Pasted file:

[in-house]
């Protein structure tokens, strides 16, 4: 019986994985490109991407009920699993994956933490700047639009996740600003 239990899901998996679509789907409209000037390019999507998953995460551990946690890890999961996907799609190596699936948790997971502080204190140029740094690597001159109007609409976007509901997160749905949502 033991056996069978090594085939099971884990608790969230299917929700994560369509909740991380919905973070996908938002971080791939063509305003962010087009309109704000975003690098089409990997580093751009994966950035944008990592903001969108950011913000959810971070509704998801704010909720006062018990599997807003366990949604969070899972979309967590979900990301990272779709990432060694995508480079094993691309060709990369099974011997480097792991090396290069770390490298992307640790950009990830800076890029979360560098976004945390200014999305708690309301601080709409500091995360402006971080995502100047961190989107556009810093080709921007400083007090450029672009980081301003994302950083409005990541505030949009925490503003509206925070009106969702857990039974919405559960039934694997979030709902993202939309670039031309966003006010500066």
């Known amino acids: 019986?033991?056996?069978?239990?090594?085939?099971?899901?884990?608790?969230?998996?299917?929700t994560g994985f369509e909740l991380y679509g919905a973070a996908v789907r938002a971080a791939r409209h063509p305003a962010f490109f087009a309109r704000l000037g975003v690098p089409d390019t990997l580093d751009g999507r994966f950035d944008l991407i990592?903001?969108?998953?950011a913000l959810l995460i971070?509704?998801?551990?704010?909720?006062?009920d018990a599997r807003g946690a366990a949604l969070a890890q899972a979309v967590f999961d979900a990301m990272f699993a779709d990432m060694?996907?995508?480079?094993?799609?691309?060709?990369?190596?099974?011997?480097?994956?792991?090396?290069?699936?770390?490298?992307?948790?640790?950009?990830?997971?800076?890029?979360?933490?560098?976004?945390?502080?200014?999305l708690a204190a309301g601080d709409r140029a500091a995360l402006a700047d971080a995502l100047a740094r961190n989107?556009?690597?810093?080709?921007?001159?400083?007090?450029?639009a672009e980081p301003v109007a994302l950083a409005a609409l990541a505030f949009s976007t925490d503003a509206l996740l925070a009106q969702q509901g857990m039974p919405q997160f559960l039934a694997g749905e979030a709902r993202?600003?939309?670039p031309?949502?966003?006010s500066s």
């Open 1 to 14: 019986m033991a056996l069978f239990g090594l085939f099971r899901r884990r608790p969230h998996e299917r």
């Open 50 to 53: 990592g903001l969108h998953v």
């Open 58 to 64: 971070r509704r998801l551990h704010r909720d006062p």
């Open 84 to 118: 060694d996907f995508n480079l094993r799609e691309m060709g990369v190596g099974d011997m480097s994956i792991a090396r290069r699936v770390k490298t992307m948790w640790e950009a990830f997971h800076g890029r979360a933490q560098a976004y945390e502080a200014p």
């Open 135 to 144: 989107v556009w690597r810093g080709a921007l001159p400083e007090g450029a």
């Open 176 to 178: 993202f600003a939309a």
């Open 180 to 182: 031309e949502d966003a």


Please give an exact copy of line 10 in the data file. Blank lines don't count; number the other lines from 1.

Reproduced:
């Open 180 to 182: 031309e949502d966003a």